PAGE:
Saturday, January 19, 2013

Soccer Street

I'm working on another blog that will be published on Wordpress and am saving most of the pictures we've taken for that blog.  In the meantime, I know there are a few of you back state side that are curious about what we are doing here. 

We live in an apartment on the 1st floor, really the 2nd, and even have an interior patio to play on in addition to the four bedrooms, kitchen, 2 bathrooms and living room.  If you add the long hall way, the kids have plenty of space to play... indoors.  We're used to having a large yard and a huge park 1/2 block away from our house and all the time in the world to be outdoors.  While the kids are adapting quite well to the new living arrangement, I feel like they are missing a dedicated green space close by.  There are several kiddie parks within a block or two, but the patches of grass are miniscule.  Barely large enough for a dog to take a break.  If we wanted to walk for ten minutes, there are several parks to choose from, but sometimes, you just gotta play.

We have adopted a nearby street, just a couple store fronts down the block from our piso, and now call it "soccer street."  It is a dead end street with a staircase up to our street Avenida de Andalucia at one end, and a not-very-busy street connecting on the other end.  On one side is a concrete walled church with high windows with bars on them and the other has cute little connected casas, again with windows covered with bars.  The bars are for security, we think, when everyone has their windows wide open in the oppressive hot summer heat.  The convenient part of the bars everywhere is the fact that it makes for a perfect soccer kicking zone.  Que patean la pelota! Bring on the kicks!  With their new red soccer ball sporting the Spanish flag, we've got some major jugadores.

Wednesday, January 16, 2013

Go and Explore

My mom found this somewhere and just sent it to me. 
Looks like something I might even draw.  I love it. 
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Monday, January 14, 2013

Moved in

We arrived at our new home last Thursday afternoon after our friends Lola and Antonio picked us up in Sevilla.  They had to bring two cars to accomodate our luggage and the five of us.  In Spain it appears that SUVs and Minivans are most definitely NOT the norm. 
While the trip went quite smoothly, the boys were more interested in watching movies on the plane and playing with their new electronics, so they didn't get much sleeping done.  By the time we reached our apartment, all three kids were fast asleep in the back of the car.  Inside the apartment, all they could do was take off their shoes, grab a quick snack from their backpacks and plop into bed.  We didn't even worry about pajammas.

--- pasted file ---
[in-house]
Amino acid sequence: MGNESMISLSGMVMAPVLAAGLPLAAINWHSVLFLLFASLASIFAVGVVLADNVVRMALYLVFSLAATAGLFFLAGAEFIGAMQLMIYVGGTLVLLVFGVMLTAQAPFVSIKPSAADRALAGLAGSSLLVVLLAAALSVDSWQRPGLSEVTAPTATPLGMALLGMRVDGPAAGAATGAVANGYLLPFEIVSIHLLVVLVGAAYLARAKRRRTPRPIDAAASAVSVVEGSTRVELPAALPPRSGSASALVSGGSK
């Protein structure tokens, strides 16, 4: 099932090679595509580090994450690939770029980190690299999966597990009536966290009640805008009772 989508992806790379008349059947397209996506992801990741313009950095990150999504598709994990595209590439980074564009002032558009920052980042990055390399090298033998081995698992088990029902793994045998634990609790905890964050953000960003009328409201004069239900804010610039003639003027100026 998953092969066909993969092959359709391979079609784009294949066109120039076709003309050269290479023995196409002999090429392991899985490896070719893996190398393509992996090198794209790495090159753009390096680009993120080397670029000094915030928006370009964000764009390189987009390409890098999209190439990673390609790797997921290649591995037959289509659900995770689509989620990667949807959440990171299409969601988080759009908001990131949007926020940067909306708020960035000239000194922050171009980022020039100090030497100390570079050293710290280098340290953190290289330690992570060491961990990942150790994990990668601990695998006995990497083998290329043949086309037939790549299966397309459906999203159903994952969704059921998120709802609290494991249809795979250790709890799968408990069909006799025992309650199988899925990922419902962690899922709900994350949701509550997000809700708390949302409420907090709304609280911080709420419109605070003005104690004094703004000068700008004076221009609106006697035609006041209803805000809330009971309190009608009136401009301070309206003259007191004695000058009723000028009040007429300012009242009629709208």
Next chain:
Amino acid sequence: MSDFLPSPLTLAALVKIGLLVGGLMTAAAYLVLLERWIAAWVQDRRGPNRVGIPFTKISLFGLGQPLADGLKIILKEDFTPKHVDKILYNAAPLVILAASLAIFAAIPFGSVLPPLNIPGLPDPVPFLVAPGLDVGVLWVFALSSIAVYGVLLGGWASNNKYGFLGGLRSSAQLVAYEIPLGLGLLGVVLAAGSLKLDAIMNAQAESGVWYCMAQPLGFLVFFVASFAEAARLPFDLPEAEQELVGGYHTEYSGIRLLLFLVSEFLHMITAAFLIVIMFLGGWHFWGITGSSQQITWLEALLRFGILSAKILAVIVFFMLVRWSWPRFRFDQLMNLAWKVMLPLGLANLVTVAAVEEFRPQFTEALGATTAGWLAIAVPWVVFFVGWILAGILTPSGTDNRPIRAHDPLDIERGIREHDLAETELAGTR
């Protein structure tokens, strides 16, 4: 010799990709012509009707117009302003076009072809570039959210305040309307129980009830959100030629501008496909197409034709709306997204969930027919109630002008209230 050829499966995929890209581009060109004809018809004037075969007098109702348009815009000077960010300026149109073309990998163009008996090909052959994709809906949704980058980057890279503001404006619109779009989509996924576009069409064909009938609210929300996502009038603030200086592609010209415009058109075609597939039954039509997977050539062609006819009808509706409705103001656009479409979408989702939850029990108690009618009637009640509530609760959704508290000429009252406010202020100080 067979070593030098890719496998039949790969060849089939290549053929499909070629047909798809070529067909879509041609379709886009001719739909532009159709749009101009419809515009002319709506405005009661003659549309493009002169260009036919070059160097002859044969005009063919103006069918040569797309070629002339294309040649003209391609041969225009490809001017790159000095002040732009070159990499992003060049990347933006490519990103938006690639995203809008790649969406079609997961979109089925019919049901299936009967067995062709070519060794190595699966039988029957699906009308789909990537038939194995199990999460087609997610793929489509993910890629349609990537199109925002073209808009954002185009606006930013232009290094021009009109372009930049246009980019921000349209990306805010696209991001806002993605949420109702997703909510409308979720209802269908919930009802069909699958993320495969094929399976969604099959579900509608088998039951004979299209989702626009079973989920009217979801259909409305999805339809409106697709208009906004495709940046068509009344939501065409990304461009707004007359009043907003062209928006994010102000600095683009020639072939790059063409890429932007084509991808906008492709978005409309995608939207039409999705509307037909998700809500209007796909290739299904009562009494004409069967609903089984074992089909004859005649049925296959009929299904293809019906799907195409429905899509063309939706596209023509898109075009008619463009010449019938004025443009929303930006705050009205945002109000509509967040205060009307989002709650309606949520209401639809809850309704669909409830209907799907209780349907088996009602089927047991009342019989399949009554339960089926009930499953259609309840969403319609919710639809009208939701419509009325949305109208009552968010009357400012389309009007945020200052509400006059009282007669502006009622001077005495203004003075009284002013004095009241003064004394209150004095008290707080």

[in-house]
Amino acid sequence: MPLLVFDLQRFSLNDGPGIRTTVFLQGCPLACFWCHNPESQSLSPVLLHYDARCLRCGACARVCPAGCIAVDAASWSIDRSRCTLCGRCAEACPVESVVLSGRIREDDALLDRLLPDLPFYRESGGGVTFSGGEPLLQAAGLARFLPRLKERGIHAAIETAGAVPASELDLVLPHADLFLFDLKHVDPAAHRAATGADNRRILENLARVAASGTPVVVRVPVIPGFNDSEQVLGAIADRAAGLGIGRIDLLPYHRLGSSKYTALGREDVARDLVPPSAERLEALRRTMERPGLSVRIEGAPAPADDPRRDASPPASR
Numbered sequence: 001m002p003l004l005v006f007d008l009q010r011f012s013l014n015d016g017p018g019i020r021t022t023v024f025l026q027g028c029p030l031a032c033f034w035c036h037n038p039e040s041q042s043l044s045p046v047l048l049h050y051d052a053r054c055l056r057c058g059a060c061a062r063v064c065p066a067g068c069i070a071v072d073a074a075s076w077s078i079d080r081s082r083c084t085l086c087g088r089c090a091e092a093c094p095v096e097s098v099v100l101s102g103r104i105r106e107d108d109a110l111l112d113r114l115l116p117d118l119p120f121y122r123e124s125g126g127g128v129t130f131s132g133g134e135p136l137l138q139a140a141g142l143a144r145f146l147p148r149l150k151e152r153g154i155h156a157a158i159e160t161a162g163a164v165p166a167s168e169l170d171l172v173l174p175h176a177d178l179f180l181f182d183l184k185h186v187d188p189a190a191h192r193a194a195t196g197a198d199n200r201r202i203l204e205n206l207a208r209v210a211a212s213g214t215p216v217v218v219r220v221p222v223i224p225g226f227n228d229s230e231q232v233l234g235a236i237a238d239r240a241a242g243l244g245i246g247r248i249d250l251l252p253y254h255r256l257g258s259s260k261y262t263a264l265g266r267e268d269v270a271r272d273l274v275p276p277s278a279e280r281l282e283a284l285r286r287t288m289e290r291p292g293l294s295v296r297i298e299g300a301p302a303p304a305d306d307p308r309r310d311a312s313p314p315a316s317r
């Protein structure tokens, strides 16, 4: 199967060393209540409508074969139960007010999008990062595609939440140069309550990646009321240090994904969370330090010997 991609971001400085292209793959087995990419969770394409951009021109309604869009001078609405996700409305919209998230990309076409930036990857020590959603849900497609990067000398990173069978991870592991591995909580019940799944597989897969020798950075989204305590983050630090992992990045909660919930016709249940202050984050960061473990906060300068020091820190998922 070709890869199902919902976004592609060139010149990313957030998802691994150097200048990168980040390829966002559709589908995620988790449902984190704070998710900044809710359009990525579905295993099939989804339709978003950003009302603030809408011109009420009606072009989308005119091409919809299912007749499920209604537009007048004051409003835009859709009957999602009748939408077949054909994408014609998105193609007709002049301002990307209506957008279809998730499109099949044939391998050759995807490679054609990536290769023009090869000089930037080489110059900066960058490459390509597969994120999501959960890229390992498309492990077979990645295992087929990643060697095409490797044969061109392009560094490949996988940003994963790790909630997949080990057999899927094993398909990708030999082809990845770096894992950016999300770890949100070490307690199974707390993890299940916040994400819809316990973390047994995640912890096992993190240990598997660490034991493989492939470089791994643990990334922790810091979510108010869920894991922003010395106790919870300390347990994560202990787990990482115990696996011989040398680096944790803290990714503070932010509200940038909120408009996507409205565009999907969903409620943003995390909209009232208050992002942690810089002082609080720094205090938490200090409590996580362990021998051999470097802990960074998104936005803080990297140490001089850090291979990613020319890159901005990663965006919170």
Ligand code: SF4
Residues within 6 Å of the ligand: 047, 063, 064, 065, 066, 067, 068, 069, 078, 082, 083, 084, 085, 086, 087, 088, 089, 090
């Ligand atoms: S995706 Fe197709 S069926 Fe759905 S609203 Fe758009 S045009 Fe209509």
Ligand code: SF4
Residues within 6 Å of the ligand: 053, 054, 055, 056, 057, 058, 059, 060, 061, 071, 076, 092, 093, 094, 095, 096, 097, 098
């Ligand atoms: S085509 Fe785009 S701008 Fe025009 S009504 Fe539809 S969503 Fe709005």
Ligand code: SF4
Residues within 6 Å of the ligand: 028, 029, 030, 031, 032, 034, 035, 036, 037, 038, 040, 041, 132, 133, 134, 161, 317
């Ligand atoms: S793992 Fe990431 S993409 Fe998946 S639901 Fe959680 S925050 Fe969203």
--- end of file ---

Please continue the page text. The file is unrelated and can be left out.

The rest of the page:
While they slept, I went to the grocery store called Dia across the street and stocked up on a few things, knowing that the kids would be ravenous when they awoke.  Ron made beds and settled bags while I shopped.  Toast with salami and cheese with clementines was our meal prior to our three hour nap.  We woke up while the kids slumbered, settled in a bit more, checked emails, ate some more, then settled back in for the night.  At 2:00 a.m. the boys awoke, ready for the day and a meal.  With our limited groceries, I was able to whip up scrambled eggs and toast, yogurt and fruit.  Did you know they don't refrigerate eggs in Spain, and in many countries around the world?
Louise kept on sleeping until 4:00 a.m. when she woke to go to the bathroom and eat yogurt, then kept sleeping until she had been asleep for 20 hours.  I joined Ron back in bed until the morning and when we awoke, the boys were still reading and playing games.... eight hours later.  Jet lag does funny things to a body, especially these little ones' bodies. 
I took this photo today of everyone out on the balconies of our apartment.  From the photo on the previous post, you can see the place.  The window with Gus and Louise is one of the bedrooms.  Five of the windows belong to us.

Sunday, January 6, 2013

Home away from Home

Our friends in Dos Hermanas, Spain have helped us find a new home for our stay.  In Spain, most homes in cities or towns are in buildings that are connected to one another, not free-standing houses as we know in the U.S.  In Spanish they are called un piso, or a floor.  Here's our piso, we think above the Dinamika Center  Four bedrooms, two bathrooms, living room and a kitchen.  What more could we need?  (Though it appears with this image to be on the corner, it is mid-block and not warped like this screen shot.)